Jefferson Street became great once from humble beginnings and could do so again in the future, said [Ed] Kindall, who was born in a house on Jefferson Street in 1945 and has lived in the community most of his life.
He just wants to see some of the past preserved when the community comes back.
“It’s not that we don’t want Jefferson Street to be pretty,” he said. “We just don’t want it to be gentrified.”
Sharon Hurt, president of the Jefferson Street United Merchants Partnership, sees hope for Jefferson Street in the plans for a new Sounds stadium at the Sulphur Dell location.
The proposed Sulphur Dell project would border Jefferson Street near Fourth and Fifth avenues. Hurt said the project would bring jobs to the community and could spark a revival for Jefferson Street.
“This could be the beginning of the rebirth of North Nashville,” she said.
I generally find myself on the opposite side from Sharon Hurt on most issues affecting the neighborhoods just a few blocks from Jefferson Street business corridor.
She supported the failed plan to build a "second Downtown" (May Town Center) on North Nashville's urban farmland, Bells Bend. She supported the decision of the National Museum of African American Music to abandon its logical location on Jefferson Street for honky-tonked Lower Broadway. Now Ms. Hurt raves about the Mayor's ballpark project without expressing any of the questions former school board member Kindall raises about untrammeled, insensitive gentrification.
I share Mr. Kindall's concerns on this score. I wonder how a new ballpark can help but destroy historical and cultural qualities of North Nashville in a headlong rush to drive up real estate prices and gentrify without careful planning and input by the whole community beyond business interests. Growth at all costs based on the ambitions of the few will do us more harm than good. The history of Jefferson Street deserves better treatment and consideration.
10/01/2018 UPDATE: based on the latest news reports, the answer to the question I asked 5 years ago is that the new ballpark, called "First Tennessee Park," has ushered in gentrification at a brutal pace. According to one report from last July:
Development is changing history in a local neighborhood, but Belinda Campbell's home has stood the tests of time.
"There's history here, and they're not looking at the history. All they're looking at is coming in and making a quick buck," Campbell said.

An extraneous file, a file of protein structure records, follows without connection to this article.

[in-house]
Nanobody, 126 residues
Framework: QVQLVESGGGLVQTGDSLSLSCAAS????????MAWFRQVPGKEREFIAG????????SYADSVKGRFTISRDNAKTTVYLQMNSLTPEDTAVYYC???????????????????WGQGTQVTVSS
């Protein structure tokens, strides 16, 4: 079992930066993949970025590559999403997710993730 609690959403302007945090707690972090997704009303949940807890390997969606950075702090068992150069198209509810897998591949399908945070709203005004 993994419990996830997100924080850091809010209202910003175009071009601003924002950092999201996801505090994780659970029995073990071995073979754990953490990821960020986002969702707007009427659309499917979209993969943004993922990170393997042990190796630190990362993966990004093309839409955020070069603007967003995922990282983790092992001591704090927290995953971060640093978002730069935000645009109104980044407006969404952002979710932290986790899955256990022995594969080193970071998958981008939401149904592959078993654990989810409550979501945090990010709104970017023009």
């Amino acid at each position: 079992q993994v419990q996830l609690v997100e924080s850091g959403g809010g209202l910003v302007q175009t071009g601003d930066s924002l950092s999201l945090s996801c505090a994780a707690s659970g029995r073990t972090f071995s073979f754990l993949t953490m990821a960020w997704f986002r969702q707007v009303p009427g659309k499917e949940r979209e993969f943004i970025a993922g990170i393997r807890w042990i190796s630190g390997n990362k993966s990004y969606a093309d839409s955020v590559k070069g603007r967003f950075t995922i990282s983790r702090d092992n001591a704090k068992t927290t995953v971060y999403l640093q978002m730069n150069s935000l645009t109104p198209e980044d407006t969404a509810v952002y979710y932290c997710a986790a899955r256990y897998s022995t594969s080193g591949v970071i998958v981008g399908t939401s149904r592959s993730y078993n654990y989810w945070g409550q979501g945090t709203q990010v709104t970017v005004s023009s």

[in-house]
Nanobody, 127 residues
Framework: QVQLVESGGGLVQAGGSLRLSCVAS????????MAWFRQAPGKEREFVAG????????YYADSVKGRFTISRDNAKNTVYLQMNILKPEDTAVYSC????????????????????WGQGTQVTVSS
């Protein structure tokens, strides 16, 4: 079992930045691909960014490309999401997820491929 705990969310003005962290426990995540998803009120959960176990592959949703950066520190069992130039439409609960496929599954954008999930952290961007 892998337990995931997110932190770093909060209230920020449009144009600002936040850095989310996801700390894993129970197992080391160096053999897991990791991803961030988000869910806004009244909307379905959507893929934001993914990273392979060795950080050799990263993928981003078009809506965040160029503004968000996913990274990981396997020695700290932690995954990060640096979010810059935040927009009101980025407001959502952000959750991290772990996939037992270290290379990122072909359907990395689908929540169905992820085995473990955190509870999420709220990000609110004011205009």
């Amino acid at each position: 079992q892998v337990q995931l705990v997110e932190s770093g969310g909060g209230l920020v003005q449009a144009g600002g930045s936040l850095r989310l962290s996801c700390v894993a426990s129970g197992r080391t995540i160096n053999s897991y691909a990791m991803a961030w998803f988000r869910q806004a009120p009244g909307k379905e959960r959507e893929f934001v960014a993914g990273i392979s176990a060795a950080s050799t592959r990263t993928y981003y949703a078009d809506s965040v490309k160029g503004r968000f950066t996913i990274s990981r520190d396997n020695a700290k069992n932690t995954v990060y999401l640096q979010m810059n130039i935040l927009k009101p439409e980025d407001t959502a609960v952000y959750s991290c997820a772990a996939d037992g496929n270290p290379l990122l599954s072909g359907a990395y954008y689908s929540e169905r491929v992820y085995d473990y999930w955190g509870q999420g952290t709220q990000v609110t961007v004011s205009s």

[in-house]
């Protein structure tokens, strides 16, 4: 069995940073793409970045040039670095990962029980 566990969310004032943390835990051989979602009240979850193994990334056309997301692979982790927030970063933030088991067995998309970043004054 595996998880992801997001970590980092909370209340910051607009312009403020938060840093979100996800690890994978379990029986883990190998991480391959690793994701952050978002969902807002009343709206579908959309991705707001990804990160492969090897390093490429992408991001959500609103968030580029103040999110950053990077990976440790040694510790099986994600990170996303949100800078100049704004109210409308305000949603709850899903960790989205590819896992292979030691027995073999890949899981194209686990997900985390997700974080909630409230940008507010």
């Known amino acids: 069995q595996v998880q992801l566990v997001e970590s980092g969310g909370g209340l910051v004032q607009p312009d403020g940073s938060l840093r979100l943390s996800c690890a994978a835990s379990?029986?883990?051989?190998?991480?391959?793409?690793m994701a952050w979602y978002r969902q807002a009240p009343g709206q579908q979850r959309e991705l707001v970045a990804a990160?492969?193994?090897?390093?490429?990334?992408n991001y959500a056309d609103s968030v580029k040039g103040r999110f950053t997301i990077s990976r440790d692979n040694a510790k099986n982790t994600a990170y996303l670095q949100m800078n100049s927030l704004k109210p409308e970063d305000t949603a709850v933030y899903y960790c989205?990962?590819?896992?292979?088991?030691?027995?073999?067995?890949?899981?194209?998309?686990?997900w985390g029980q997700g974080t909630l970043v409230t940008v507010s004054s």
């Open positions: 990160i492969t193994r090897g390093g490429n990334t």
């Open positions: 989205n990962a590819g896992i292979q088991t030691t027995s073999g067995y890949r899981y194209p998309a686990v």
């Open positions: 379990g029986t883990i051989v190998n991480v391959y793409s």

Change has come to the neighborhood.
"Down the street there are two houses, one $999,000, one is over a million, one's got elevators in both of them," she sid.
Development is driving up property taxes and the cost of living. Campbell's family has been in the neighborhood since the 1960's.
"They are fixing it where we can't even stay in our community. I think they're pushing us on the outskirts of town," Campbell said. "It really hurts me deeply that something that you've been having for years, they're trying to force you out of your own home."
Belinda works from 7p.m. to 7a.m. as a caretaker. She then feeds the neighborhood kids at her son's church camp. She sleeps two hours a day just to make a living.
Another follow-up report from last week continues to paint a dire picture for North Nashvillians:
As developers buy up properties, elderly residents are being forced to move. Aline Lyles, 85, must leave the Buena Vista neighborhood, the place she's called home her entire life. A developer bought her building on Monroe Street, and she was told her lease will be terminated.
"These new homes is driving the old folks out of their homes," Lyles said.
She looked at half a dozen places. The retirement home in Buena Vista is full and she said she was placed on a waiting list.
In the past year Metro Council approved funding for a new major league soccer fields at the Fairgrounds. If North Nashville is a barometer for the future, neighbors around the Fairgrounds should expect accelerated dislocation and displacement of those who cannot afford to keep with up the skyrocketing land values spurred by real estate deals brokered between politicians and tycoons.
These are the salad days for builders and developers. For regular Nashvillians times are getting tough.